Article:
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Tales of the TMNT #32 [Review]

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Quick Rating: Very Good–Fun!
Story Title: The Eye of Aga-Moo-Tou

Summary: The TMNT and the C.O.W. Boys of Moo Mesa team up again to tackle the threat posed by Savanti Romero gaining access to the Eye of Aga-Moo-Tou.

talesofthetmnt032 Plot: Laird & Brown
Words: Murphy
Layouts: Ryan Brown
Pencils: Dario Brizuela
Inks: Joe Rubinstein
Letters: Eric Talbot
Editor, Creative Consultant: Peter Laird
Managing Editor: Murphy
Production, Design: Eric Talbot
Covers: (main): Dario Brizuela, (variant): Andres Ponce, Ryan Brown, Steve Lavigne
Publisher: Mirage

Despite never having been a fan of the C.O.W. Boys (I was aware of them briefly in the 90s, but never "into" them), this is great fun. We get those characters back, interacting side-by-side with the TMNT in a way that makes perfect sense in the TMNT-verse, and is just…fun.

A nearly-immortal figure locates the mystical Eye of Aga-Moo-Tou, though the Eye is also located by old TMNT villain Savanti Romero. Meanwhile, at Moo Mesa, the C.O.W. Boys are going about their regular business, when things go all wacky thanks to Romero. Back on Earth, Tsou-T’an-Jin makes contact with and transports the turtles to Moo Mesa, where they find their old friends mind-controlled/possessed by Romero, and the battle for the Eye is joined…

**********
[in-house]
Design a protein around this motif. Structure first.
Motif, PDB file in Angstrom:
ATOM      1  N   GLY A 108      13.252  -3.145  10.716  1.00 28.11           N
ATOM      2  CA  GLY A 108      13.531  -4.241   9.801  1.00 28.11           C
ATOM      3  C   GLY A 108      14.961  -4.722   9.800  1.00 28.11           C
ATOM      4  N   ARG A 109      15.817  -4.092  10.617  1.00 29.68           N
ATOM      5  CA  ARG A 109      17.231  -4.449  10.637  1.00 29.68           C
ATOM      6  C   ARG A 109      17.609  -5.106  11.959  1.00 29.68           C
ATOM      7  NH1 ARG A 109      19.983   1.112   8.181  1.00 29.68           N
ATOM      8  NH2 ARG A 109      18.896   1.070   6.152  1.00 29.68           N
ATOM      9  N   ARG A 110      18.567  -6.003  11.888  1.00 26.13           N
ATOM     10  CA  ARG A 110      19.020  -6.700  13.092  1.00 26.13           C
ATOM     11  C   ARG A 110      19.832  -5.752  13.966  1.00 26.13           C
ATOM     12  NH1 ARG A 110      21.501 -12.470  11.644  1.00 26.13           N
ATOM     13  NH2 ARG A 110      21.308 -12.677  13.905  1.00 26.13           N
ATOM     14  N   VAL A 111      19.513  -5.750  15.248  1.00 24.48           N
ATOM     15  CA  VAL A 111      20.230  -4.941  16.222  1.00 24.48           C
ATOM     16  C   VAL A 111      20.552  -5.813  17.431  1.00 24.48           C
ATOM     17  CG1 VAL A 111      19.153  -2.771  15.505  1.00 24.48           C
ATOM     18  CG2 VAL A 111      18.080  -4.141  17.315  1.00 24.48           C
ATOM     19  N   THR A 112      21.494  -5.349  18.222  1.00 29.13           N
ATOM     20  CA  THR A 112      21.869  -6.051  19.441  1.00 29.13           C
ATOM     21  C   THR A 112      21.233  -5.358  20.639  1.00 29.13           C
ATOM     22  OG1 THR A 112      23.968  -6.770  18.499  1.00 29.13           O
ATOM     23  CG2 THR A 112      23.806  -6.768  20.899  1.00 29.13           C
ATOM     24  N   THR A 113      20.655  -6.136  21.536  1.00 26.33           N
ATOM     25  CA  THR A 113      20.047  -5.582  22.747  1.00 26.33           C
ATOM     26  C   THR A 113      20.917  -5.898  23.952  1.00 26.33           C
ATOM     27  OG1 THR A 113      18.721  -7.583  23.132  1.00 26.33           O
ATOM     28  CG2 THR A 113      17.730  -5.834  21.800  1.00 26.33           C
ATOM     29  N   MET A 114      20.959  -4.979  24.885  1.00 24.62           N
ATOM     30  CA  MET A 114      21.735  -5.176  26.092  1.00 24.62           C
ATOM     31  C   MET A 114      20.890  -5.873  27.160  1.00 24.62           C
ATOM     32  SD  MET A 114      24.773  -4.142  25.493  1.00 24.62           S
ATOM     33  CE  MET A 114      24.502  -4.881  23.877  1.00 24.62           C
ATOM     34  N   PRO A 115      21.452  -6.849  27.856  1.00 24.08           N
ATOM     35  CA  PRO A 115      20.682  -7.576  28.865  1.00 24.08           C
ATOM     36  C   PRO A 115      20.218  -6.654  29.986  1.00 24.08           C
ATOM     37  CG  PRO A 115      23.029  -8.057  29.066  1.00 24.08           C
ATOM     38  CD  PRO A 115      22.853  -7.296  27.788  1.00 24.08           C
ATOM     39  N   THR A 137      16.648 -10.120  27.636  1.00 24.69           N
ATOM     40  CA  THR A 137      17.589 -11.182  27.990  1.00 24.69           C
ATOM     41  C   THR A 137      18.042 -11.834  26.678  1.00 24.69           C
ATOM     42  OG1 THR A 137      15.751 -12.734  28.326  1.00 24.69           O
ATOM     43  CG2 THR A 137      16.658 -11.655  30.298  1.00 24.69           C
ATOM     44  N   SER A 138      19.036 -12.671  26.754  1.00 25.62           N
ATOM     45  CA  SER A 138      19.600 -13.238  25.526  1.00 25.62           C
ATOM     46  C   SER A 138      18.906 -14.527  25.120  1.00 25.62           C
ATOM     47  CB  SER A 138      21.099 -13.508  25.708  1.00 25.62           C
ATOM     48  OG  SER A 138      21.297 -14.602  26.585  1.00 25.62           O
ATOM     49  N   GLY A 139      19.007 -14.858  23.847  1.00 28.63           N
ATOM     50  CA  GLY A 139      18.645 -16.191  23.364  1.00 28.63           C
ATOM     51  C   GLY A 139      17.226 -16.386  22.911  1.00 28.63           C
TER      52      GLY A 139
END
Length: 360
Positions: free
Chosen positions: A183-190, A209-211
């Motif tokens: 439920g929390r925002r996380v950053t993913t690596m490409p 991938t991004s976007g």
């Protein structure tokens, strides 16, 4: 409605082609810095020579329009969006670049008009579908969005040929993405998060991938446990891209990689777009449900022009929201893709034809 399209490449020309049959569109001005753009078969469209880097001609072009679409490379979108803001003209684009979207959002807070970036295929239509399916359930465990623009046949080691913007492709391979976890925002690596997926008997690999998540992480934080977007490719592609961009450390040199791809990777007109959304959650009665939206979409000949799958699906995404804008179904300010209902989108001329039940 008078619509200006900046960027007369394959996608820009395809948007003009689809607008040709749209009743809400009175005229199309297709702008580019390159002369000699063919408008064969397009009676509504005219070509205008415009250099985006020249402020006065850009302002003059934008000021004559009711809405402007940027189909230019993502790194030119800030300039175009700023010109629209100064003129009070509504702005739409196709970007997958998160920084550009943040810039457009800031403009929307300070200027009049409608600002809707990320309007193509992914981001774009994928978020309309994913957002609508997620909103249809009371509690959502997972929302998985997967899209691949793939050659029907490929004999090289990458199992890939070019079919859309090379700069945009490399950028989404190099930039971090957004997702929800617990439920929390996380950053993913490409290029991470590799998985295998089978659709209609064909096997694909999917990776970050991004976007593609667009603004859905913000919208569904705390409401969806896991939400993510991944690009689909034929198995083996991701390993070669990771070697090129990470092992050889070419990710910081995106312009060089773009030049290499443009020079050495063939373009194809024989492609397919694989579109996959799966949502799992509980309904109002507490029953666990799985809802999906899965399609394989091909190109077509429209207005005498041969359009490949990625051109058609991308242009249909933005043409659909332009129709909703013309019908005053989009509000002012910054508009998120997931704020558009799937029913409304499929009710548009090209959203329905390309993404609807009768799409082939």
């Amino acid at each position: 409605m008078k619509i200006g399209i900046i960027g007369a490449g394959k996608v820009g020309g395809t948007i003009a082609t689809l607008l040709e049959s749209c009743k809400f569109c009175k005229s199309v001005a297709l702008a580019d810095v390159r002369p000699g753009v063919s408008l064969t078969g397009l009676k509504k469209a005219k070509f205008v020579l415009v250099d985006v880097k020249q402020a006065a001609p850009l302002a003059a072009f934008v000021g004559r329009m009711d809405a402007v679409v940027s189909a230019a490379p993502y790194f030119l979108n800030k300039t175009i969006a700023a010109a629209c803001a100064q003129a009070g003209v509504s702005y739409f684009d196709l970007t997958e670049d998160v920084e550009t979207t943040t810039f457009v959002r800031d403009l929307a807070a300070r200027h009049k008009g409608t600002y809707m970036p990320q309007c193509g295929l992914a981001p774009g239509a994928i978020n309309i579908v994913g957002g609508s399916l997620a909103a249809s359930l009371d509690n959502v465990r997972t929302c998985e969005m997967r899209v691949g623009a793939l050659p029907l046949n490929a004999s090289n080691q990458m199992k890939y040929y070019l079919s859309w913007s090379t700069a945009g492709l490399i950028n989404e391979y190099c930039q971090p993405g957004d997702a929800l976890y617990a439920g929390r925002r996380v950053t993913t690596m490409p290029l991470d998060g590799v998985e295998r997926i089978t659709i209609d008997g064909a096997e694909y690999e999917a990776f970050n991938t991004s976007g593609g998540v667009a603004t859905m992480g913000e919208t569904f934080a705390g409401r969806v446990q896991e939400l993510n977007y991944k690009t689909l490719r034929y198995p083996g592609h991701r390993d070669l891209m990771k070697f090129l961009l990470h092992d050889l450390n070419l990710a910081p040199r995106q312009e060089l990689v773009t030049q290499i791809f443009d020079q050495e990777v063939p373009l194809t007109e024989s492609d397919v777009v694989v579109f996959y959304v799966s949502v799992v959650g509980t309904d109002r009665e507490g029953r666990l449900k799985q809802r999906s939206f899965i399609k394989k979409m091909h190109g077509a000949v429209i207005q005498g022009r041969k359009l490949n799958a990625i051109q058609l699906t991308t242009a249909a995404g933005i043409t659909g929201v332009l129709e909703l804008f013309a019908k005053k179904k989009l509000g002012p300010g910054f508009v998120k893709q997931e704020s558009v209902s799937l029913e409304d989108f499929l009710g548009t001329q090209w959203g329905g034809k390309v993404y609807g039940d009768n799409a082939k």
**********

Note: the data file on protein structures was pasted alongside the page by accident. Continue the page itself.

At its surface, this is a rather simple, stereotypical story…mega-powerful mystical artifact located by a villain, first protagonists on the scene defeated and turned on second-wave fellow heroes, yadda yadda yadda. Then again, it really isn’t much deeper than that, if you look strictly at story elements. The fun and enjoyment comes from the specific characters–here, the Teenage Mutant Ninja Turtles AND the C.O.W. Boys of Moo Mesa thrust together in a single story.

The story flows, hitting key beats of structure. Not being terribly familiar with all the characters, I can’t say for certain that everyone’s in-character; the turtles seem to be right on track, so I presume the COW Boys are, too..and given that (as far as I can tell) original creators of all characters involved are…well…involved with this issue, I’ve no reason to believe this does anything but fit both sides of the "crossover" of the properties.

The art throughout is just fine, with all the characters being totally recognizable, and panels clear/clean as to what’s going on. This isn’t just some comic adaptation of a cartoon, but it’s also not one of the darker, gritter of the TMNT stories.
For jumping in cold and just wanting "a" TMNT story, this is a great issue to do so with, and it’s even kid-friendly on the whole–probably moreso than a certain teen wizard’s exploits, for point of comparison.

The great thing about this title is that it features a monthly supply of in-continuity TMNT stories by a variety of writers and artists that include stories set in the characters’ past, present, and future, as well as easily contain property crossovers like we have here. While many titles from bigger publishers might suffer from radical shifts in creative teams from issue-to-issue on writing and visuals, it’s become a sort of staple for this book.

If you can find it, I highly recommend this issue…and really, the series in general for any of you longer-time TMNT fans.

Ratings:

Story: 3.5/5
Art: 4/5
Overall: 4/5

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